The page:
An interview with Snezhana von Büdingen
“Sofie brings with her the mysterious, the ponderous, the dignity, and the melancholy of heroes in the classical paintings of the old masters. I couldn’t have photographed her any differently.”
Snezhana von Büdingen won our ‘YOUTHHOOD’ theme with an exquisite, poetic portrait. Our judge, Wilfrid Estève of Studio Hans Lucas, described it as “a moment of sincerity and pleasure in a life that we imagine to be complicated”, praising the sensuality of the image and likening it to a Fernando Botero painting.
We posed some questions to Snezhana, keen to understand more about her images, her working practice, and of course her muse for the series, Sofie.
Hi Snezhana. Firstly, congratulations on winning the theme. How do you resonate with Wilfrid’s comments?
Thank you very much to Wilfrid for this honor – he captured the aesthetic and meaning of the photo very well. The joy in being one with nature, full of grace and happy. That’s how I saw Sofie when I took the photo.
The image is from the series ‘Meeting Sofie’. Can you tell us a little bit about the origins of this work? How did you come to meet Sofie, and were her and her family immediately receptive to you documenting them?
About two years ago I came into contact with children with Down syndrome through a project. I photographed them with their mothers at my studio in Köln. Thanks to this project I met Sofie. She fascinated me. When I first visited Sofie, I spent three days living with her. I was with Sofie around the clock, learning about her childhood, seeing the farm where she grew up, and lived with her and her family. This allowed me to immerse myself in her world. The family received me very warmly. And we remain in contact.
Snezhana’s winning ‘YOUTHHOOD’ image, from her series Meeting Sofie
Tell us about your working process. I, like Wilfrid, am struck by the painterly qualities of the work – you draw on classic visual cues such as soft light, rich fabrics and flowers, and there’s a formality to the scene-setting, even in the more impromptu moments. Were there inspirations clear in your mind at the outset, or was it more of a response to the environment and the moment?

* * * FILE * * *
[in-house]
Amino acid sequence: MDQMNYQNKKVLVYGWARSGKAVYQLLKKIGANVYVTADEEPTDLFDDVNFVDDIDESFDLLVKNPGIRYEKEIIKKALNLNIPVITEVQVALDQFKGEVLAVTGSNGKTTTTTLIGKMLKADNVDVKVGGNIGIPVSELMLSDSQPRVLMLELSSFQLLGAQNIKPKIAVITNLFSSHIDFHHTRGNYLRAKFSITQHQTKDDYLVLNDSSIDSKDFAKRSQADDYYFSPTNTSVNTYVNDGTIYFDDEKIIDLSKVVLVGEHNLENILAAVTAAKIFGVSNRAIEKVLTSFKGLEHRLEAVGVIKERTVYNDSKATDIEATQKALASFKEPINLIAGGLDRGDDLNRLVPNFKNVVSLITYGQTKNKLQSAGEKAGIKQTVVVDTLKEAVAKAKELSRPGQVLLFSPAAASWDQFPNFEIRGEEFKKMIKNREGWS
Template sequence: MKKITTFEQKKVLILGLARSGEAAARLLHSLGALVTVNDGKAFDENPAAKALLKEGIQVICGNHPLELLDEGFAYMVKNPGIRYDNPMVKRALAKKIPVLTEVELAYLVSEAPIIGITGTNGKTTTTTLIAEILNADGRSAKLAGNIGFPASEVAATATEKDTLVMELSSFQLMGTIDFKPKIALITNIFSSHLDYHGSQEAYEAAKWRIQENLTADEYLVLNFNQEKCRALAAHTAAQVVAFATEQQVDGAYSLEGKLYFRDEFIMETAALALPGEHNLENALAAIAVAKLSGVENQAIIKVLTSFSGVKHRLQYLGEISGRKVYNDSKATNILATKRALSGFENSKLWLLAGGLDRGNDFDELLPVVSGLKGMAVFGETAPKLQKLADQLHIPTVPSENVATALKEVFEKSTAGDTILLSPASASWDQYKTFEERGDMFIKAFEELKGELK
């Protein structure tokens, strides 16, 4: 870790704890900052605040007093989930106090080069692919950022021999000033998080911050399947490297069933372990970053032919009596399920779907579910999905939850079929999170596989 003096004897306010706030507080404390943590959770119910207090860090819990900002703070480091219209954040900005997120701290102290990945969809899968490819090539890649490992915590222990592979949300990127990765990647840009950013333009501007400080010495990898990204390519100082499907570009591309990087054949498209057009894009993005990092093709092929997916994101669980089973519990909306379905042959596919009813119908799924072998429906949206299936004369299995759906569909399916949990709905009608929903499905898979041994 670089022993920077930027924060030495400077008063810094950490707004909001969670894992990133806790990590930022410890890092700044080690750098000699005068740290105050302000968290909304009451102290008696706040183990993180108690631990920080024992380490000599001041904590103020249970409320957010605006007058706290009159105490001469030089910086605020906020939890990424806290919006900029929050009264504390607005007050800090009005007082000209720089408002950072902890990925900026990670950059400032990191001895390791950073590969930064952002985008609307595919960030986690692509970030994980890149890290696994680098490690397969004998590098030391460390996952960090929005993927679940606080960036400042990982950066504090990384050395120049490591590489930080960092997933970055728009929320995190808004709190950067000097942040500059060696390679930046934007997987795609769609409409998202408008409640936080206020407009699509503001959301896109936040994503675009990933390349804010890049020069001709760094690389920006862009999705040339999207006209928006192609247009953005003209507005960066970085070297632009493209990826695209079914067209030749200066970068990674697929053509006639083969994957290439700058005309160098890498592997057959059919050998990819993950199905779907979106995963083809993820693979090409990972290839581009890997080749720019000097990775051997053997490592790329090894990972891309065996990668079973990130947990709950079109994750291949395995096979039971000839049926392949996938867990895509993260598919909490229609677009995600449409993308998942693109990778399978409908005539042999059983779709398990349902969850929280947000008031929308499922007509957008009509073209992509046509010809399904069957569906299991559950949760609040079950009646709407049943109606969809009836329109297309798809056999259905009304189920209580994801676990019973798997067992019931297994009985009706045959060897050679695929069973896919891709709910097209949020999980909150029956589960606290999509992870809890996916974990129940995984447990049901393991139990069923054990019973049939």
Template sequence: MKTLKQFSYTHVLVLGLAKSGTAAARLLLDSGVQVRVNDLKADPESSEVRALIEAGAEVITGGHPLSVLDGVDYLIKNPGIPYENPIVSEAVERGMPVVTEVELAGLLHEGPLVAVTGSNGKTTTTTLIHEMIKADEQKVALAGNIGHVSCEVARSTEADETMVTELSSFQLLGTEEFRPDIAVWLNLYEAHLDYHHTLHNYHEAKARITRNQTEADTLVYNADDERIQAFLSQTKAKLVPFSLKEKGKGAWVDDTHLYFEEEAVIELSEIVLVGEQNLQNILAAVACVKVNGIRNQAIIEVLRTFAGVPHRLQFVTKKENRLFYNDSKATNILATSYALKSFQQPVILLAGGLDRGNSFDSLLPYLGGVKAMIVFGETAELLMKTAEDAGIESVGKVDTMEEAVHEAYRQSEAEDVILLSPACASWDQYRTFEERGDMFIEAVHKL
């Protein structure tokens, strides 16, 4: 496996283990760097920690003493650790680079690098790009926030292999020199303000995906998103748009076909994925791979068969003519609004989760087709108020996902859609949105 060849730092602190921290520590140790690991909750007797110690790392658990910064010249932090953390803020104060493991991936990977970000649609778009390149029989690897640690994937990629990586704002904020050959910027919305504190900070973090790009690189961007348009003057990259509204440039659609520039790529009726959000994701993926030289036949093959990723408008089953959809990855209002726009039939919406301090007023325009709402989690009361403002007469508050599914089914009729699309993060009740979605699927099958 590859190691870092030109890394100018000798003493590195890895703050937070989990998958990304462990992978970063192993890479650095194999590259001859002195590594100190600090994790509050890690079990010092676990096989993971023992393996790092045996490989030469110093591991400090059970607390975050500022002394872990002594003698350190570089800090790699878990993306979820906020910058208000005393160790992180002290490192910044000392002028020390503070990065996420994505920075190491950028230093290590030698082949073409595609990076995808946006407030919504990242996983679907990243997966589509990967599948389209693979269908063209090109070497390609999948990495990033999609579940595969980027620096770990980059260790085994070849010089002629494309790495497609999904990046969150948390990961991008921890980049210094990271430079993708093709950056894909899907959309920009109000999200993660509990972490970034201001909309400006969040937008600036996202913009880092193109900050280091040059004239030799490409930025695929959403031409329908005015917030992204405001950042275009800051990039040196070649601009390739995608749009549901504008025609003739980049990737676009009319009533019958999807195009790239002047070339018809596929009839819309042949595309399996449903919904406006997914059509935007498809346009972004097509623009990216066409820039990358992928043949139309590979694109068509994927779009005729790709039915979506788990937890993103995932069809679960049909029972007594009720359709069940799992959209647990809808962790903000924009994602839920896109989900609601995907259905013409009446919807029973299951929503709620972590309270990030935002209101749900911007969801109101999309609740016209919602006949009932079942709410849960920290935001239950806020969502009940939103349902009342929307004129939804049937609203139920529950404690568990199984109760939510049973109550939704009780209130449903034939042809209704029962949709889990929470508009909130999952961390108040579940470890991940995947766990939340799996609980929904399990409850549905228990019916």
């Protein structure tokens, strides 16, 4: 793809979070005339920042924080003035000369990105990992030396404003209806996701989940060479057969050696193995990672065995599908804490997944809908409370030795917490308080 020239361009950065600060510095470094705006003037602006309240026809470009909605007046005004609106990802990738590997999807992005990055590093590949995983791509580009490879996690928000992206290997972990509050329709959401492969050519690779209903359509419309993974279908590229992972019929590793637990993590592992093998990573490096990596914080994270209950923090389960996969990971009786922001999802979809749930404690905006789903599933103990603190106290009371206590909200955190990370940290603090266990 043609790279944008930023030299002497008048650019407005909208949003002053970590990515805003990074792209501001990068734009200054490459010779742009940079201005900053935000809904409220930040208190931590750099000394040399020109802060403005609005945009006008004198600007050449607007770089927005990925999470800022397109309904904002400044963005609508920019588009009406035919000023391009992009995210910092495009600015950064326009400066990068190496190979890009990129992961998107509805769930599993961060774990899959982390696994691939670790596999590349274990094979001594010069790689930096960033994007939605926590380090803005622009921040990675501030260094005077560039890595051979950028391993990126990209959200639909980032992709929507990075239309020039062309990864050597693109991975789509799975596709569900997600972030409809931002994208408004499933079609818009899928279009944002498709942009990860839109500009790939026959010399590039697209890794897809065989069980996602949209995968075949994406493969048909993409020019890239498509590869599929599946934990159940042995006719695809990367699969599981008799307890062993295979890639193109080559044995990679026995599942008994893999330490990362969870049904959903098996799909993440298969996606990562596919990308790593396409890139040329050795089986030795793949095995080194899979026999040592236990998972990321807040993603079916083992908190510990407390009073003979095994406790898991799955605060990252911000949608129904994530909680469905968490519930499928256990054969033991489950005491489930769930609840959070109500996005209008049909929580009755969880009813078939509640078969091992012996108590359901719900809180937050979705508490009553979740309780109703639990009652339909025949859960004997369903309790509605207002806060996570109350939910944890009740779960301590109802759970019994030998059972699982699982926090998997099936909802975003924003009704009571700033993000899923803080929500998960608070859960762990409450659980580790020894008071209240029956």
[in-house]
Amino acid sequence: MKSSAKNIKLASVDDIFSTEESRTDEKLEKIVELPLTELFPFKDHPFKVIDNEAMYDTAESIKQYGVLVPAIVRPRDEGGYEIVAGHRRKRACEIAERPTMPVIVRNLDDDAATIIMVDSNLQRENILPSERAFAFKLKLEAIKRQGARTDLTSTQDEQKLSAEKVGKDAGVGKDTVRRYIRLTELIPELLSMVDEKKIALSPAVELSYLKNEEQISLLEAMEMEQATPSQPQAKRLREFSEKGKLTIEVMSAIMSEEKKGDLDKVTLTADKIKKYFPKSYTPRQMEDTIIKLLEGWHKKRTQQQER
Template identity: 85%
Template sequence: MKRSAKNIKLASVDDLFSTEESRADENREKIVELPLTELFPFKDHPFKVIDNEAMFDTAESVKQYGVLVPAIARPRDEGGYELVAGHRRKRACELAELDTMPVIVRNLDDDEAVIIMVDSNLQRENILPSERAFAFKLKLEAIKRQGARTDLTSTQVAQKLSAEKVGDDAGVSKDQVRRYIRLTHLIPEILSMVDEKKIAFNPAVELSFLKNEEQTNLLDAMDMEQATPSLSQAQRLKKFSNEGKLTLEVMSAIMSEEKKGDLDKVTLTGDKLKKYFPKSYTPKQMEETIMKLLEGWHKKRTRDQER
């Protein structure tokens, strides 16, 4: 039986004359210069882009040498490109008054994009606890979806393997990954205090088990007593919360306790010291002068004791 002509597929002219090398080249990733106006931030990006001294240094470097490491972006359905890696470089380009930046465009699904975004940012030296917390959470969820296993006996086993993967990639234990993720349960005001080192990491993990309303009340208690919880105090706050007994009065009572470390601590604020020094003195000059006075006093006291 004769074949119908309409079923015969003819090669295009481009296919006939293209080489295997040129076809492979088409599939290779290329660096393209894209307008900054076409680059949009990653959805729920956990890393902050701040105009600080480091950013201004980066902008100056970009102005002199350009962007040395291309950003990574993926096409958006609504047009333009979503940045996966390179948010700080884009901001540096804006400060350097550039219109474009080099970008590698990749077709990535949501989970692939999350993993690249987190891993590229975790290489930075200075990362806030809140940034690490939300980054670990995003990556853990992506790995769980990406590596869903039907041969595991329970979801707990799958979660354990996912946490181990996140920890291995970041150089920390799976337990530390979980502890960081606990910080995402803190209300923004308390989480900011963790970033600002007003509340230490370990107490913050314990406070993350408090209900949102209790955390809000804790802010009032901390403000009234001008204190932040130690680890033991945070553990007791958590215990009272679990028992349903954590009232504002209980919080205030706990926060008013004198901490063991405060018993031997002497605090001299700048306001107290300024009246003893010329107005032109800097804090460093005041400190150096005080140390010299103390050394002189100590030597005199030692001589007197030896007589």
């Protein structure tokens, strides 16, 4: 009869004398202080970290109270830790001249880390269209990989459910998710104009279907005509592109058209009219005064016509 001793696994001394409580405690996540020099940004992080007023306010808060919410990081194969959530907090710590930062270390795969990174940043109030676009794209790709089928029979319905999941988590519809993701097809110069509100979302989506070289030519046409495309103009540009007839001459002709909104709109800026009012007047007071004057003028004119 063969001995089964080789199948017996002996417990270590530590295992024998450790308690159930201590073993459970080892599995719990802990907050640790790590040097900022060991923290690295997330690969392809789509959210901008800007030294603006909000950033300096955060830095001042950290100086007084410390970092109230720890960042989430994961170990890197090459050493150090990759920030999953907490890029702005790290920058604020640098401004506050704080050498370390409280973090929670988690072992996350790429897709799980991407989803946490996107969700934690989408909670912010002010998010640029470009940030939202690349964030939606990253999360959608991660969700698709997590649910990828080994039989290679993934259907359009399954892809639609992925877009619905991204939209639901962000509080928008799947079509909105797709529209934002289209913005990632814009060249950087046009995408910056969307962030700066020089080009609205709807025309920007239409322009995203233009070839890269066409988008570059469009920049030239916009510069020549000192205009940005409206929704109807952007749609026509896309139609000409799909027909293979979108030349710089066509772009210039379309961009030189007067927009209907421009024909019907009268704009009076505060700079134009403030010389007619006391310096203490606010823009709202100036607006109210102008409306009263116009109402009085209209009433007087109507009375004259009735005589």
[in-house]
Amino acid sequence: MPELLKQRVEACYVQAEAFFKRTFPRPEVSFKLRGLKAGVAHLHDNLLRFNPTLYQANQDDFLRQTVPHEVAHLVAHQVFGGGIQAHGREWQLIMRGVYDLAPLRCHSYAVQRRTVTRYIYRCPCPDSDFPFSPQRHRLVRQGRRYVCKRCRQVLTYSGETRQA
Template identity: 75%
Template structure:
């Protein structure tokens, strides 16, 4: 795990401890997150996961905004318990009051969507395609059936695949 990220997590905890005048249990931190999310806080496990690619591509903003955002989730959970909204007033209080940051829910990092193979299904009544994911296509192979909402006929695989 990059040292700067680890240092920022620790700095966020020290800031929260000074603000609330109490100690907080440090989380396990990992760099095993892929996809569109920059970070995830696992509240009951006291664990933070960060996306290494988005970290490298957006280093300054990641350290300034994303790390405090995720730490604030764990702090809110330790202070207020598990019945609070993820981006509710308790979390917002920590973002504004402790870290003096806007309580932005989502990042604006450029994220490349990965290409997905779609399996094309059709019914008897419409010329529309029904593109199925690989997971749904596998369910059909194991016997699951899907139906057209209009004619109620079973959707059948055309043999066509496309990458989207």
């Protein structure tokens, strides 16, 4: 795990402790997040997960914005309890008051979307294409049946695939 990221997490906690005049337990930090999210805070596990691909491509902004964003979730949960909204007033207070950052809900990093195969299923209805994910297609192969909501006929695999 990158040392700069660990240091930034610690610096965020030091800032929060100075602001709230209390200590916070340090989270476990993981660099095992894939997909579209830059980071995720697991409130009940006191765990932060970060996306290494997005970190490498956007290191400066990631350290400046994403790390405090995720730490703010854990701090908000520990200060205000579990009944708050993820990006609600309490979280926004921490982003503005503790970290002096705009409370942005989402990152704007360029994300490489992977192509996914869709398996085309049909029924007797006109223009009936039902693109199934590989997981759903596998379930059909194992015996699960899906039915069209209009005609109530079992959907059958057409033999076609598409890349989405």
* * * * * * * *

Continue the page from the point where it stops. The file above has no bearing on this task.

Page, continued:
Deciding on certain photographic means of expression, whether it be light, composition, or color, is something intuitive for me. Those elements should give a certain aura to what one sees in the photo, and convey a certain feeling. Sofie’s father is an antiques dealer and they live on a very old farm. None of the photos were staged as far as location is concerned. Sofie grew up in this atmosphere. She has internalized it and lives it. Sofie brings with her the mysterious, the ponderous, the dignity, and the melancholy of heroes in the classical paintings of the old masters. I couldn’t have photographed this series about Sofie any differently.
Wilfrid mentions a “life we imagine to be complicated”, and he is no doubt correct. But there seems to be a happiness in simplicity too, something idyllic maybe. What have you learnt about life for Sofie, and what can we learn from her?
I’ve learned so much from and about Sofie. But on every visit I learn something more. She feels the same things as we do, but sometimes more intensely I find. I’ve seen her happy as well as terribly sad. She finds joy in simple things and is free from social pressure. She doesn’t think at all about what others think of her. So, social acceptance plays a small role. In that she’s freer than we are. What the people to whom she is close and loves feel is important to her. Also how they relate to her. She is also able to delve into herself and separate herself from the day-to-day. These are all things we can learn from her.
Since finishing the series, it seems like Sofie’s story is starting to travel the world – one of her portraits was a finalist in the 2018 LensCulture Portrait Awards, and now this. How has Sofie reacted to this news? Have you let her know about Life Framer?
Of course! I always keep Sofie and her mother up-to-date on the success of the series. We’re very happy that the series is reaching more and more people. This would hardly be possible without Life Framer, LensCulture and other important photographic media.
Contact with people with Down syndrome makes many people feel embarrassed, but that’s maybe because they understand so little about Down syndrome. Series such as “Meeting Sofie” can help to slowly reduce this fear of contact.
‘Meeting Sofie’ is not the first time you have photographed youth – your series ‘Twins’ is a collection of portraits of young twin brothers and sisters. Is there something in particular about photographing young people that engages you? An innocence, or a pliability perhaps?
I like to photograph young people. Youth is the phase of life in which one’s personality develops, it’s a turning point for one’s life. Of course we change over time, some more and some less. But certain things that happen at this time remain in us. How do twins experience growing up? How different can the personalities of twins be? These questions inspired me while working on that series.
And what next for you Snezhana? Are you still working on your current series, or thinking about the next project?
Currently I’m working further on the “Meeting Sofie” project. There are still parts of her life and sides of her personality that I would like to share. My hope is to publish the series as a photobook.